Located between the Baixa district and Bairro Alto, the Chiado neighbourhood is well known for its links with the city’s intellectual life since the end of the nineteenth century. In August 1988, a fire, which started in a street close to the main thoroughfare, destroyed many commercial and heritage buildings and devastated the neighbourhood and its inhabitants. Some people in Lisbon say that every city needs a fire to make way for new plans and the ensuing renovation. Yet, thirty years later, it was clear that the recovery process or, in other words, implementation of the Plan for reconstructing Chiado was too slow. Some of the buildings affected by the fire were excluded. Others which, although they were not directly damaged, needed urgent repair and renovation, as did a great number of additional buildings outside the area defined by the Plan. Also remaining to be done was establishing a connection along the whole route, from the platform of “Patio B” to the ruins of the Carmo church—rising from the highest point of Chiado and recalling the devastating earthquake of 1755—through Carmo Square to reach the Santa Justa Lift.
Aim of the intervention
Hence, twenty years ago, the architect Alvaro Siza was invited to draw up the Plan for recovering the area of Chiado affected by the fire, giving priority to improving pedestrian routes, opening up the old connections between the Baixa district and the hills of Chiado and Carmo, and redesigning public space as well as reviving the appeal of the neighbourhood for residential use. In 2008, the Siza Architects studio was approached again and asked to complete and extend the initial Plan to the area now known as the Carmo Terraces, consisting of already-existing platforms on the eastern side of the Carmo church and the former barracks of the National Republican Guard (GNR) which had been taken over by improvised housing in low-quality buildings. By this means, the Plan to connect Patio B with Carmo Square and its terraces came together in an overall project. However, when approved, the new project introduced very few changes to the original idea defined in the General Plan for the Chiado area and only a few adjustments were made on the basis of new premises and, in particular, responding to deeper knowledge of the situation.
The architect Carlo Castanheira was put in charge of studying the levelling operations, reinterpreting the sketches made for the original project, and visiting the work that had been done thus far. The project was divided into two parts, the first pertaining to the connection of Carmo Square with Patio B, which had previously been created as a platform for strategic access, and the second concerned with linking the square with the Carmo terraces. In fact, the proposed route for the project was still the same as always but now it allowed access from the lower levels of Rua do Carmo and Rua Garrett by means of a path joining up a series of ramps and steps, as well as a public lift that had been included in the renovation of the Leonel building. This, in turn, gave access to the bridge crossing to the famous Santa Justa Lift, a treasured feature of the centre of Lisbon which was constructed between 1900 and 1902 in order to join the Baixa Pombalina and Chiado neighbourhoods. Eventually, the area of intervention, now extending to the surrounds of the Valadares Palace and the Veiga Beirão School, expanded the city’s pedestrian circuit. Meanwhile, teams of archaeologists and anthropologists had been carrying out excavations which were essential for verifying the original levels and thereby confirming the interpretations. Their results led to corrections being made to those initially envisaged and better adaptation to the existing conditions.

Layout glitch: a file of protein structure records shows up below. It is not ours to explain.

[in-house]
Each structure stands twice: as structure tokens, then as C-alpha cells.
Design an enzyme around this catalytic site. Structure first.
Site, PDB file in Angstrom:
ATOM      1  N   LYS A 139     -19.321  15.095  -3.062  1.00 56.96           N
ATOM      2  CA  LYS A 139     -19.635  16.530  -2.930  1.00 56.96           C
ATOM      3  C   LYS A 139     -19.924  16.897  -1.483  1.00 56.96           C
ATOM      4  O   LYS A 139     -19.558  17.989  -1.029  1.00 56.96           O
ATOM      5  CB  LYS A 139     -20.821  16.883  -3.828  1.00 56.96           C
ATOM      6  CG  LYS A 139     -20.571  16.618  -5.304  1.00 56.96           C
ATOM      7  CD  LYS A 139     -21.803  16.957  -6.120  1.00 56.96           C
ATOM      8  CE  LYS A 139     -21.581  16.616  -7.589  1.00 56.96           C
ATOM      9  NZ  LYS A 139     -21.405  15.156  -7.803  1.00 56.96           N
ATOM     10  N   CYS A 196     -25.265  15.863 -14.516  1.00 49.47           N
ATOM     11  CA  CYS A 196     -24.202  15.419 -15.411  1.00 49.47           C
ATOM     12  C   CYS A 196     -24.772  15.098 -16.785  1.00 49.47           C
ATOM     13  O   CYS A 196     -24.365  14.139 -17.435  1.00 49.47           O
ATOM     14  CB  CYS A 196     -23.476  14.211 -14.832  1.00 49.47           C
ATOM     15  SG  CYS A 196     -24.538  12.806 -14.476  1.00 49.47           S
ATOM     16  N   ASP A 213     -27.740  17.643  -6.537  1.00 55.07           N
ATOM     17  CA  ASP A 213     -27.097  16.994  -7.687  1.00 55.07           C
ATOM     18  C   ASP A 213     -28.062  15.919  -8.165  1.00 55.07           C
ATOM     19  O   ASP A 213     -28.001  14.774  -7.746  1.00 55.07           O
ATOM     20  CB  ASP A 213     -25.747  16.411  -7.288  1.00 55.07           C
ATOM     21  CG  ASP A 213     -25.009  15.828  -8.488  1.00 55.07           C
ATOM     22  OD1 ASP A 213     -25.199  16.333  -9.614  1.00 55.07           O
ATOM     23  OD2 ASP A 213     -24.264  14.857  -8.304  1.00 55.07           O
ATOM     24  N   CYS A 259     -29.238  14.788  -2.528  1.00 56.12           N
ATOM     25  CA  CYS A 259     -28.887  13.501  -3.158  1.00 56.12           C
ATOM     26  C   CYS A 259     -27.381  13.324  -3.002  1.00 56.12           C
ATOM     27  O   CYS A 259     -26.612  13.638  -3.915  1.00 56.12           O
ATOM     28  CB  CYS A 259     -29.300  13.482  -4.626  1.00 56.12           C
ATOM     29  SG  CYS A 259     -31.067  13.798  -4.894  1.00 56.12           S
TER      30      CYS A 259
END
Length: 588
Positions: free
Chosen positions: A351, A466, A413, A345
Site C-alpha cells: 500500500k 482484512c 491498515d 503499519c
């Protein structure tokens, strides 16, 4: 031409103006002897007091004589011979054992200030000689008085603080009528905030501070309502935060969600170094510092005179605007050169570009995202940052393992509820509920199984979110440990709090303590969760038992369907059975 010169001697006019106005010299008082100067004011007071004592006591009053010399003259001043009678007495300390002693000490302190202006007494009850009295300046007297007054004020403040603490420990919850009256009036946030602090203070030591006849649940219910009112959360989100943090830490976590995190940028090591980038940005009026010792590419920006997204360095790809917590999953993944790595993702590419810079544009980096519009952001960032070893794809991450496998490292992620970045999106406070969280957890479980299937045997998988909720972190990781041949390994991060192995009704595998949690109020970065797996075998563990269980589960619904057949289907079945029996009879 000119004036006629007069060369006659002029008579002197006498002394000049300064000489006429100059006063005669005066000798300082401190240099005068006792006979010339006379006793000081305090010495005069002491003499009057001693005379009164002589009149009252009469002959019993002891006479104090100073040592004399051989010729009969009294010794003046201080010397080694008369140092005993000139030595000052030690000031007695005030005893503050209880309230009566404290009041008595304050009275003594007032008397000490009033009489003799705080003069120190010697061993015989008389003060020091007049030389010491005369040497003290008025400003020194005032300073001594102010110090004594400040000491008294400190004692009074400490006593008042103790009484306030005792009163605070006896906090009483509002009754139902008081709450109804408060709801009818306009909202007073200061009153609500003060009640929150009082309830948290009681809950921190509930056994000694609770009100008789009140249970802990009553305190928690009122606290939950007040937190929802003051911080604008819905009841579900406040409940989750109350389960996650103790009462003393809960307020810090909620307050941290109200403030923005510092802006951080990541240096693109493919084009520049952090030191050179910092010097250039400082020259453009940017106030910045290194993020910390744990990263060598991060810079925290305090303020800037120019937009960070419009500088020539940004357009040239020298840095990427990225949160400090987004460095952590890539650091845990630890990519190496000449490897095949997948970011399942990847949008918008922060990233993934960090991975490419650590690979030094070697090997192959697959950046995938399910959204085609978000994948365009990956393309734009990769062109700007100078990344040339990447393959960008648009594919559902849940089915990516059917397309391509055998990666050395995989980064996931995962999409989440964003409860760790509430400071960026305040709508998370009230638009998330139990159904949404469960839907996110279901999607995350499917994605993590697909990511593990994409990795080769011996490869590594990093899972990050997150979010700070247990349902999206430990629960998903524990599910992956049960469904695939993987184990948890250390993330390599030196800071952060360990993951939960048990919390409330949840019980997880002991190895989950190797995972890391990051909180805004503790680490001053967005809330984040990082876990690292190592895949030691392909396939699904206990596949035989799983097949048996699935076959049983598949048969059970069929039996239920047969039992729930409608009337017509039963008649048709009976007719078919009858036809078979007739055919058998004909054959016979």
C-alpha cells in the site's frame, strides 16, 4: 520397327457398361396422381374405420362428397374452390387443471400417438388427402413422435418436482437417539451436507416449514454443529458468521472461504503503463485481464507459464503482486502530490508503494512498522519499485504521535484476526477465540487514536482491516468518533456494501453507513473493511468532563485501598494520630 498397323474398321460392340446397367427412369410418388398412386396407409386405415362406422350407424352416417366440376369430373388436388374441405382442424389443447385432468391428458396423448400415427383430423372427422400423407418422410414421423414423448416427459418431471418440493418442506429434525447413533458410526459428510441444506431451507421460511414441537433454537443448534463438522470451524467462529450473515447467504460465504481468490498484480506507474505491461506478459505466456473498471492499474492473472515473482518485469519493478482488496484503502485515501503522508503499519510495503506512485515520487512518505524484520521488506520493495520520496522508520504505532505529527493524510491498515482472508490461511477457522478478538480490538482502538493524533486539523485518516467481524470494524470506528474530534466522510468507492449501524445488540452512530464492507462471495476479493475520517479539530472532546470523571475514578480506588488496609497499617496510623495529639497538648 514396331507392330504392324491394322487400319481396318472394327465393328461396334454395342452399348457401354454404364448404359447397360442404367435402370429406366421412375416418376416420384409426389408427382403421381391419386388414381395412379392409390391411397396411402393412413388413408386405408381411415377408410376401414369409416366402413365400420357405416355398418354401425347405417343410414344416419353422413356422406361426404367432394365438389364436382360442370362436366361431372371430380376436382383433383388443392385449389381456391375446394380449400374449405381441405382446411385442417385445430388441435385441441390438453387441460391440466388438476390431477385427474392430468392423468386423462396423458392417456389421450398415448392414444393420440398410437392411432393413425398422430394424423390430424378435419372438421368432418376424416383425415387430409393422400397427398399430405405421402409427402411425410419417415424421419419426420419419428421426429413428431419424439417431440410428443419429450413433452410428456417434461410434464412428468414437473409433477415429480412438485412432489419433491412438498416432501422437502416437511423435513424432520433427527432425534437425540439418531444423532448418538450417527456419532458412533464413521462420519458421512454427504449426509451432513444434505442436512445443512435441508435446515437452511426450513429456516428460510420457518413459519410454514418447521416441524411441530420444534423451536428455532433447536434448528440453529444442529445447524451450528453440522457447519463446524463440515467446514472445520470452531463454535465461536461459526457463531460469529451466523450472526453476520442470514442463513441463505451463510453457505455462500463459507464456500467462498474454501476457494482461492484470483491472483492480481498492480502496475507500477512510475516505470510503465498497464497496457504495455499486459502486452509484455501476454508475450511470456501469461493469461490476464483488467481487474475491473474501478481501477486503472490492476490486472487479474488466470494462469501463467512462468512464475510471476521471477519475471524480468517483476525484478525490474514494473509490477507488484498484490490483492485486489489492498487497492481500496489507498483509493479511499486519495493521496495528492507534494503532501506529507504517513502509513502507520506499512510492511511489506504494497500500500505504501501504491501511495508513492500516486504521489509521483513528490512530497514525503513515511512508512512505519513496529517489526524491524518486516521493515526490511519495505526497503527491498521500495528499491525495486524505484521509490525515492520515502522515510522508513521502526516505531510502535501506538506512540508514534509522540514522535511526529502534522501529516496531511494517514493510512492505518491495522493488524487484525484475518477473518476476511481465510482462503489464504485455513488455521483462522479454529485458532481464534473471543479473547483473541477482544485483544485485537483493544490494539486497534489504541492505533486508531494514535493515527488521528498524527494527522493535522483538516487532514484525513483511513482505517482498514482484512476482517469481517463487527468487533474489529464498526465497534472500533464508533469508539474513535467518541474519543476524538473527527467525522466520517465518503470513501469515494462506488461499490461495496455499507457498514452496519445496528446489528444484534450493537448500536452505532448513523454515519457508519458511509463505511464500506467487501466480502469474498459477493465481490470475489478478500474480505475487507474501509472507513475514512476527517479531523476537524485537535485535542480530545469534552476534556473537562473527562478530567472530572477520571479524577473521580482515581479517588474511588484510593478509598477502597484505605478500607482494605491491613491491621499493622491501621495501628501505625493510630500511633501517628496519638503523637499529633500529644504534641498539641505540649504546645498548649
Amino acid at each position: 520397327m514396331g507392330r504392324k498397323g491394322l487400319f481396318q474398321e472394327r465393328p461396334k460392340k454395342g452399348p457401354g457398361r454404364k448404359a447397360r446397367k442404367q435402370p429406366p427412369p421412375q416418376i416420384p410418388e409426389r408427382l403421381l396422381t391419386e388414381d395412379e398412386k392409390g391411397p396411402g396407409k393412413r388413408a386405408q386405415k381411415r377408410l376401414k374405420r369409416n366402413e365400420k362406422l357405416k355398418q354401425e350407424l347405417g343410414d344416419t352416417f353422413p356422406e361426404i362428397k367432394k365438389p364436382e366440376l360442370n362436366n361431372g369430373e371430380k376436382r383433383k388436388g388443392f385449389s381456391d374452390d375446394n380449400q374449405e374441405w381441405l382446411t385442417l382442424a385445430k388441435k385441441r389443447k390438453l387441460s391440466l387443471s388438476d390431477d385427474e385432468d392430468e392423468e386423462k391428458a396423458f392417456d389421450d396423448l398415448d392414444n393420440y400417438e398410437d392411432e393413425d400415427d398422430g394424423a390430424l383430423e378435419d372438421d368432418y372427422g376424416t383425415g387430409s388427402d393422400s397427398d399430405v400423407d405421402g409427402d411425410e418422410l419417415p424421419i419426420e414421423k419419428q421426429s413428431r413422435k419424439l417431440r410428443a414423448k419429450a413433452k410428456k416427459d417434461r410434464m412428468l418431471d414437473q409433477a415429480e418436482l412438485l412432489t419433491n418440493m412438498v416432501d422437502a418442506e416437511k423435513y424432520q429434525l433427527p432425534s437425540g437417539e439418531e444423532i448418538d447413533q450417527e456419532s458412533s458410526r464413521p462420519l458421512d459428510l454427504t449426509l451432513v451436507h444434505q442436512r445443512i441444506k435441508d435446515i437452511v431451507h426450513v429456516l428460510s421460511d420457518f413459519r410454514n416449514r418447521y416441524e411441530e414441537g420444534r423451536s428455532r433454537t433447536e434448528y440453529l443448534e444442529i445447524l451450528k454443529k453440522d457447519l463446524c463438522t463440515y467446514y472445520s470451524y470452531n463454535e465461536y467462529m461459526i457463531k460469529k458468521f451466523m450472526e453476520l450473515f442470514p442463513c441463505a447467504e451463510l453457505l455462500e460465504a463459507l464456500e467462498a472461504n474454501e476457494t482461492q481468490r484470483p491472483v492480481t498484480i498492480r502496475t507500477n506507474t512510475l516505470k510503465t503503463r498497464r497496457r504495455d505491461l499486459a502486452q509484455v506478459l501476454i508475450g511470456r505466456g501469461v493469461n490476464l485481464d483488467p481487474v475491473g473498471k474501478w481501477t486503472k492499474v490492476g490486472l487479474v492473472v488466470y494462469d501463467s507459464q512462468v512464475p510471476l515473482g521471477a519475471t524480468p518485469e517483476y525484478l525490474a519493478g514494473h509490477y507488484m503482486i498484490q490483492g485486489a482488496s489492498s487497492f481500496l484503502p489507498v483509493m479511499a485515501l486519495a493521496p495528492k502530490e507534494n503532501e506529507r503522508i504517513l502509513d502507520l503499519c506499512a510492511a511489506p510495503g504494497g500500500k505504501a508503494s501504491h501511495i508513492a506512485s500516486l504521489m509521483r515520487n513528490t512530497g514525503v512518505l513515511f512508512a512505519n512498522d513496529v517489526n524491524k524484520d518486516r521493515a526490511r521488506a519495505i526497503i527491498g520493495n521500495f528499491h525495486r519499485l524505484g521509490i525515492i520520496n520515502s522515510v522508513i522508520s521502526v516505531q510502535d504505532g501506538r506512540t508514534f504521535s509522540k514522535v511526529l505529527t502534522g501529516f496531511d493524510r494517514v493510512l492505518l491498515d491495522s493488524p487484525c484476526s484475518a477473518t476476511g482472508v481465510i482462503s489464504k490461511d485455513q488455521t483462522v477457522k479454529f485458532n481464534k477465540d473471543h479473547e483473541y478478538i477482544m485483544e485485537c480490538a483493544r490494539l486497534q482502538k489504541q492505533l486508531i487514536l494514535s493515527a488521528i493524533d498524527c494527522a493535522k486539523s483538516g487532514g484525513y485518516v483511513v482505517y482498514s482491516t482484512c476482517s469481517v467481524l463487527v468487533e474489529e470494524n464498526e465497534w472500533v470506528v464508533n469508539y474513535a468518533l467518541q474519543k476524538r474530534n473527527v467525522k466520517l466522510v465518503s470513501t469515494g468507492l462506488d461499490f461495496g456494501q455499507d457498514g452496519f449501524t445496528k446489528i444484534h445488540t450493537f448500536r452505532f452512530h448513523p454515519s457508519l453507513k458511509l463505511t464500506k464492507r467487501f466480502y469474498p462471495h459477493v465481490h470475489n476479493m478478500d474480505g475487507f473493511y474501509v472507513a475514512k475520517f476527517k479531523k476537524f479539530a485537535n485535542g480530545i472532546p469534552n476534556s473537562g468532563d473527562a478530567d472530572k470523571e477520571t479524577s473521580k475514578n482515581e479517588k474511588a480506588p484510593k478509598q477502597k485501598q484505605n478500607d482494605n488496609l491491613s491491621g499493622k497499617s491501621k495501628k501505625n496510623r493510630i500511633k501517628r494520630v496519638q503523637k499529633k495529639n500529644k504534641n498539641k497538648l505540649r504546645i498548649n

The value of the intervention resides in its having introduced new open spaces to bring together old, poor-quality public spaces that had previously been part of the sloping route. The climb up to the ruins to the Carmo Convent is now a well-connected itinerary of places which, drawing on Lisbon’s urban planning tradition of using the courtyards of residential buildings as open passageways, offer an outstandingly diverse array of new elements for discovering the character of the neighbourhood. Steps, ramps and corridors combined with new green zones created at different points, and the restored original levels outside the church, now serving as a space for public exhibition of archaeological elements, have provided more spaces for citizens to enjoy. Even the metal bridge of the old Santa Justa Lift, once merely a connecting mechanism, is now another public space in the whole system. In the final phase of the work, the old military buildings that had occupied a large part of the Carmo terraces were demolished in order to create a platform with splendid views of the Rossio district and the rest of Lisbon or, in other words, a new point of reference in the old Chiado neighbourhood.
[Last update: 24/10/2020]